As for Geese, which this does look like one, they are much more "forgiving." Either way, reintroduction is not for "or state of mind" or the our often misguided "human" sensibilities (no matter how noble)... they are for the sake of the given animal. All too often "wild rescuers" only see a "cute fuzzy" and don't think of the repercussions down the road. Those that do...great...otherwise reintroduction (if possible even if perilous) is the appropriate course in most cases. Whether duck, goose or swan, its "reintroduction" (dependant on species) is going to be more of a challenge the more they are imprinted on by humans. So, unless you have room for a permanent house guest, (legality permitting) or can live with the fact that your rescue may be "short lived"...wild rescues are challenging affairs all around...for human and animal...especially those with limited experience. I still wish you good luck and know that we hope you the best!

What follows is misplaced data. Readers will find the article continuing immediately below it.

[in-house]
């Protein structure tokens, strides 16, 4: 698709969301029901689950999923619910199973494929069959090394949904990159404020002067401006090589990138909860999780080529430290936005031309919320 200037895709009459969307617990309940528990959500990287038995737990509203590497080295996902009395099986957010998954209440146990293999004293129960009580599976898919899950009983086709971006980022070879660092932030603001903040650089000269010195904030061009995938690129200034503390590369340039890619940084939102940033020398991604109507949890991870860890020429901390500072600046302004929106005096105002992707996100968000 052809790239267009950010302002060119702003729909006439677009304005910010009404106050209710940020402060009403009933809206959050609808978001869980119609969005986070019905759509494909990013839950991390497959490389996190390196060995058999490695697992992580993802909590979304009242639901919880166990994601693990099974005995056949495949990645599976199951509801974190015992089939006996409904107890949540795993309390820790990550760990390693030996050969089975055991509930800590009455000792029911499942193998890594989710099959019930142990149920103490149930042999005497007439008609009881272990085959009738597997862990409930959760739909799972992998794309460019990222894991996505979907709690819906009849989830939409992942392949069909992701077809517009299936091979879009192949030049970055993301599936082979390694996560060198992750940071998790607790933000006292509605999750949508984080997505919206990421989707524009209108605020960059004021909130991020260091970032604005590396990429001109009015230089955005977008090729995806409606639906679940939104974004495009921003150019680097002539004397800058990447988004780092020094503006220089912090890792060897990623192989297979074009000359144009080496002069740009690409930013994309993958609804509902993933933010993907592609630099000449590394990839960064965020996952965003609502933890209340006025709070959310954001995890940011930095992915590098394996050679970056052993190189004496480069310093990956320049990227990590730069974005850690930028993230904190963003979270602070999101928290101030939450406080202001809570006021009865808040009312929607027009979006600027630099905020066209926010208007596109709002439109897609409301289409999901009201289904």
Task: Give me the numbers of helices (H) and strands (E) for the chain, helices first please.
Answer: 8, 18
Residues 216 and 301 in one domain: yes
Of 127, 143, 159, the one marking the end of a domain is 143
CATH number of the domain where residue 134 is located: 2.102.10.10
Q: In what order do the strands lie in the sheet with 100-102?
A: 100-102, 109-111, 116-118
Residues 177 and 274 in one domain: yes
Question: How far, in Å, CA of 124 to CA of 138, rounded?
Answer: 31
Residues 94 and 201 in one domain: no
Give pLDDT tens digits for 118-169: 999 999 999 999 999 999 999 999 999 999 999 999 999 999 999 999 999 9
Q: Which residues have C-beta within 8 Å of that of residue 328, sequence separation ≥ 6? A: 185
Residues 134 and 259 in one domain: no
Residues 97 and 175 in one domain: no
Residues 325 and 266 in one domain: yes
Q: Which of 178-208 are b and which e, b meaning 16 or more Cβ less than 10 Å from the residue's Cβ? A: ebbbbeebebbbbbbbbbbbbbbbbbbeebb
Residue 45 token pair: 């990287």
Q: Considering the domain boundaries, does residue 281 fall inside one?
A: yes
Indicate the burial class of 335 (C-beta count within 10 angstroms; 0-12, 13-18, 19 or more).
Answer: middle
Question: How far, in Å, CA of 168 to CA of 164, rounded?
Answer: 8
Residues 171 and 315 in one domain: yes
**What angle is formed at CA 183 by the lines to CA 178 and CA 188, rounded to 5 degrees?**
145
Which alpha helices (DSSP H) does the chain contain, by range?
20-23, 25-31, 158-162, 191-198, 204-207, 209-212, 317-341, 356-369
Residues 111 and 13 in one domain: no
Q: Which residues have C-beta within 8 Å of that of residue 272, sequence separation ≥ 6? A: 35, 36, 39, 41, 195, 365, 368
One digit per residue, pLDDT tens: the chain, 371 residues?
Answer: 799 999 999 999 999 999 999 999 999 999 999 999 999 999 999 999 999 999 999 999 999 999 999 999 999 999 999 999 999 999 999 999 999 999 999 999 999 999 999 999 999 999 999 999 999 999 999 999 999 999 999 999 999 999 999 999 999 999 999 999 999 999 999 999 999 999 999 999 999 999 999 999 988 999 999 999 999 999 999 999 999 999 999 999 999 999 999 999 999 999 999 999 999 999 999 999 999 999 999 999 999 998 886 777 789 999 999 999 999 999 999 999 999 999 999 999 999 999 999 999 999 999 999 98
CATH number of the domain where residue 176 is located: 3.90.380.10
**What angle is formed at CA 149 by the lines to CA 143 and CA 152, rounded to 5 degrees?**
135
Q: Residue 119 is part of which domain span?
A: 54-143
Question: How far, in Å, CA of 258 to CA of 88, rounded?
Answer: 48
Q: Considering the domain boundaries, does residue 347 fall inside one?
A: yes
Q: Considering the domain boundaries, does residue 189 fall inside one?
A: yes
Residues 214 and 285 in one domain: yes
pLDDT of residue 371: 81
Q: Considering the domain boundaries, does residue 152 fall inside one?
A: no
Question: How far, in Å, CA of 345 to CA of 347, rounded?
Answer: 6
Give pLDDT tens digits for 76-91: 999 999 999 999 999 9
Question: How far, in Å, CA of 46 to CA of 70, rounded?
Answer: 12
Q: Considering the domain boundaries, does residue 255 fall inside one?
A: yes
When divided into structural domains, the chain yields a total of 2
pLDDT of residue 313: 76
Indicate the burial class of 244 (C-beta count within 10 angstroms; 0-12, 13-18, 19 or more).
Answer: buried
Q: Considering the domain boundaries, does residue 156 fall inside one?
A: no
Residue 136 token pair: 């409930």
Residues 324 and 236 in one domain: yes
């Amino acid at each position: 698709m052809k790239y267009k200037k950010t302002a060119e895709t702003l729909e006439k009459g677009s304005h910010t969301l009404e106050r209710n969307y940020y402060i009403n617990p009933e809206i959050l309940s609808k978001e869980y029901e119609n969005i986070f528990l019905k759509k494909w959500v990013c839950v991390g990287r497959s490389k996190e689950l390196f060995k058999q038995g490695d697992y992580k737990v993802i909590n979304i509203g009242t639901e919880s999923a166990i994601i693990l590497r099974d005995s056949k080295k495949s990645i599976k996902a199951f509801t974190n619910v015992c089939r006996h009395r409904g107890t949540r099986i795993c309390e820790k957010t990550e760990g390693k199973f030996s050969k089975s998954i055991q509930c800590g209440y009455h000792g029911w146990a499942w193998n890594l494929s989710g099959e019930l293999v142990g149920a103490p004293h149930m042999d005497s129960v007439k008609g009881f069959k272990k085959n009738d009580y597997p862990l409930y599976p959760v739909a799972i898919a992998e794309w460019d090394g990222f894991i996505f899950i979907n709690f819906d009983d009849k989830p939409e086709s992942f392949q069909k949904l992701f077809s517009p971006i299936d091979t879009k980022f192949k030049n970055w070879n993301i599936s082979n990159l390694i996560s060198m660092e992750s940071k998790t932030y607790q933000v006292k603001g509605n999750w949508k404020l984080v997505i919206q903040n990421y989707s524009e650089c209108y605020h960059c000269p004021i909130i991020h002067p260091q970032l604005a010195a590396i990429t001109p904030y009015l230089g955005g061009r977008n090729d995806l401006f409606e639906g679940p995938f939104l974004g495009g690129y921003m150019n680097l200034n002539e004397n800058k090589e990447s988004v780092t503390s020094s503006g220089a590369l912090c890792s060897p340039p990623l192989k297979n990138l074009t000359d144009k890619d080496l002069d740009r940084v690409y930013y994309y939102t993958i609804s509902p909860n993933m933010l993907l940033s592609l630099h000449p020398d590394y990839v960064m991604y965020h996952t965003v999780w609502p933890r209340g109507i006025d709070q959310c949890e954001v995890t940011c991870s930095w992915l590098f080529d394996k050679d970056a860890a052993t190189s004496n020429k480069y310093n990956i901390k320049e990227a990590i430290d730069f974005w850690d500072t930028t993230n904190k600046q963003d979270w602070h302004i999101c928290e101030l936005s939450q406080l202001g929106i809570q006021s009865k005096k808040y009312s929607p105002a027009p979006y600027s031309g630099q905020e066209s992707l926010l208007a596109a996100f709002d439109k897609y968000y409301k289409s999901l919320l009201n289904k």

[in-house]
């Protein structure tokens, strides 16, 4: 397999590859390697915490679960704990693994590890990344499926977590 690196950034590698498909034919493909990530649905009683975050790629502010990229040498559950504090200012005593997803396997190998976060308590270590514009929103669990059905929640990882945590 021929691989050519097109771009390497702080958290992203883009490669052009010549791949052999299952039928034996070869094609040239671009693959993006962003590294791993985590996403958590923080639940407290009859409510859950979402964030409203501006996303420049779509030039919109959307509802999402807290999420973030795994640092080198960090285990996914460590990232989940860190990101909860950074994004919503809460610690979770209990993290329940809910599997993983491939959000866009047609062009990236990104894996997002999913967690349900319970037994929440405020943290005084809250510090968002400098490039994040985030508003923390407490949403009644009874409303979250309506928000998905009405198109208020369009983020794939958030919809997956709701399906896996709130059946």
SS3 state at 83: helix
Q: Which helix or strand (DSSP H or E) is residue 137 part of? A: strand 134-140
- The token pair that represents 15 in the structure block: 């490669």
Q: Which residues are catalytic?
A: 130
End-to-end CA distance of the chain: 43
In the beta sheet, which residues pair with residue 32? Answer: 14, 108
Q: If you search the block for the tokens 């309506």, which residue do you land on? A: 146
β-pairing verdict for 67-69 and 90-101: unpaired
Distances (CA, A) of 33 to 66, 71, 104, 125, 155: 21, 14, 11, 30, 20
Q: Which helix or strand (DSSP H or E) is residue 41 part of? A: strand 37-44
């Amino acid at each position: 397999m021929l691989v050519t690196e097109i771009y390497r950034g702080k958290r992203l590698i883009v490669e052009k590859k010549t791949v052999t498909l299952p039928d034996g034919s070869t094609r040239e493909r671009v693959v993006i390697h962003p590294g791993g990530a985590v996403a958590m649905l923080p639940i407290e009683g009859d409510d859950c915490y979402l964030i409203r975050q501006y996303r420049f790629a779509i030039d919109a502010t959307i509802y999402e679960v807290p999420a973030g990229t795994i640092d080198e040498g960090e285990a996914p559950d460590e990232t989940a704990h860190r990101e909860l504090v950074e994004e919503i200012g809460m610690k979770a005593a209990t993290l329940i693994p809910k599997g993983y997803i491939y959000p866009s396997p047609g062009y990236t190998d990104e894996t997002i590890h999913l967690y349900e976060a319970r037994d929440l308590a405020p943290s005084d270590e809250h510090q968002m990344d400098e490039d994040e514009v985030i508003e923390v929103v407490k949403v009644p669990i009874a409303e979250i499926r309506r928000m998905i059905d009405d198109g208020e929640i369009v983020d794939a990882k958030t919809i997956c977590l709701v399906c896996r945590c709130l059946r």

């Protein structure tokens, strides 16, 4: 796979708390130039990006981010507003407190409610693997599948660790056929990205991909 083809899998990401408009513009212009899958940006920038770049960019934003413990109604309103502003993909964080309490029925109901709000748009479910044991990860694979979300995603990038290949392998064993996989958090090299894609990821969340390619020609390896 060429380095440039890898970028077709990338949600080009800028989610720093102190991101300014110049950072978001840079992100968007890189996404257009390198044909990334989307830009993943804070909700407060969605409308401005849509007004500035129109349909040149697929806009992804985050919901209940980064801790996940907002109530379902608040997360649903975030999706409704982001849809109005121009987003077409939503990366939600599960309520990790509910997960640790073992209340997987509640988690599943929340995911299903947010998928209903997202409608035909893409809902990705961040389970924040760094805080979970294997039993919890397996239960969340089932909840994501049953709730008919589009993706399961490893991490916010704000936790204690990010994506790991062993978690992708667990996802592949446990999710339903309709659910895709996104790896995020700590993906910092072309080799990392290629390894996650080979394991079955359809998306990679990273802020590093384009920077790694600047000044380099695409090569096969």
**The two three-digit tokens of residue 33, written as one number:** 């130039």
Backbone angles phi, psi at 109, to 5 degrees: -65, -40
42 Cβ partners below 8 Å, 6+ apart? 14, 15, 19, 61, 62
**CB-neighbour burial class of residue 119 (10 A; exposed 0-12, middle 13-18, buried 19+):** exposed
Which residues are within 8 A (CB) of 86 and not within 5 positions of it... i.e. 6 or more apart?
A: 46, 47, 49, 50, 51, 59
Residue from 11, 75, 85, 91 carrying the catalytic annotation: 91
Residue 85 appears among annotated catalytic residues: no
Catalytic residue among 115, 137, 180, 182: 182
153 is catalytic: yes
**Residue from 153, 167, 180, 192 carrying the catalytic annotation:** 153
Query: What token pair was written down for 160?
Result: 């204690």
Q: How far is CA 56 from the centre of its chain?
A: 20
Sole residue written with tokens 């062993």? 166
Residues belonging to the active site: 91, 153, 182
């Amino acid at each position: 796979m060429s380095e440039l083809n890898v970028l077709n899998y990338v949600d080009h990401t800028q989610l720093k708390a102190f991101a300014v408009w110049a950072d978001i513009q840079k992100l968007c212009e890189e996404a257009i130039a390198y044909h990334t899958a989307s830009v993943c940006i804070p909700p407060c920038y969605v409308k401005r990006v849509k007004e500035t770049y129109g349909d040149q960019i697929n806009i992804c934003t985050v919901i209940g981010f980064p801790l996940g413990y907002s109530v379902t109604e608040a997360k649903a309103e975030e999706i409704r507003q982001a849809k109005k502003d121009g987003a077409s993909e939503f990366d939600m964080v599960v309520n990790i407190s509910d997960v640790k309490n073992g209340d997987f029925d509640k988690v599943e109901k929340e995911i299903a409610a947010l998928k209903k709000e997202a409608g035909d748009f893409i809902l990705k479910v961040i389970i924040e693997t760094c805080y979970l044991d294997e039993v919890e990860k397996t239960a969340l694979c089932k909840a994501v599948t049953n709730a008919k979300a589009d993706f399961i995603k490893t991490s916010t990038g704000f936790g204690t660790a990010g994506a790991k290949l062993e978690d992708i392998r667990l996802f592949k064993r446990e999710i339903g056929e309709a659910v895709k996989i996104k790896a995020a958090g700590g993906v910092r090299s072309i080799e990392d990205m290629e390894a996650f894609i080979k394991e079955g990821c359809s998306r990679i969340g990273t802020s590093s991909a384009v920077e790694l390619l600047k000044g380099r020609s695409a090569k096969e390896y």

Regards,
j
 
Dan Tutor
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Location: Zone 5, Maine Coast
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My ducks love comfrey, dandelion, burdock, and several other weeds from the garden. They especially like the dirty roots. They've eaten nearly every plant I've given them except nettle, which made them shake their heads and get a drink of water.
 
James Graham
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Location: Cranston, Rhode Island
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We found these guys last week wandering in the yard. No mother to be found.
They look to be 9 Mallards and 3 Pintails.
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Daniel Palacios
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ducks are social birds so you may need to let this one go to someone who has ducks or get a few more. two is enough for them to turn to each other but the more the better. But i see you found that they love arm pits ). i got hobby farmer poultry feed, and i chop up weeds and radish greens for my ducks. They need lots of clean water and they learn to groom early on in a small amount of water. Good luck with your new best friend, the duck.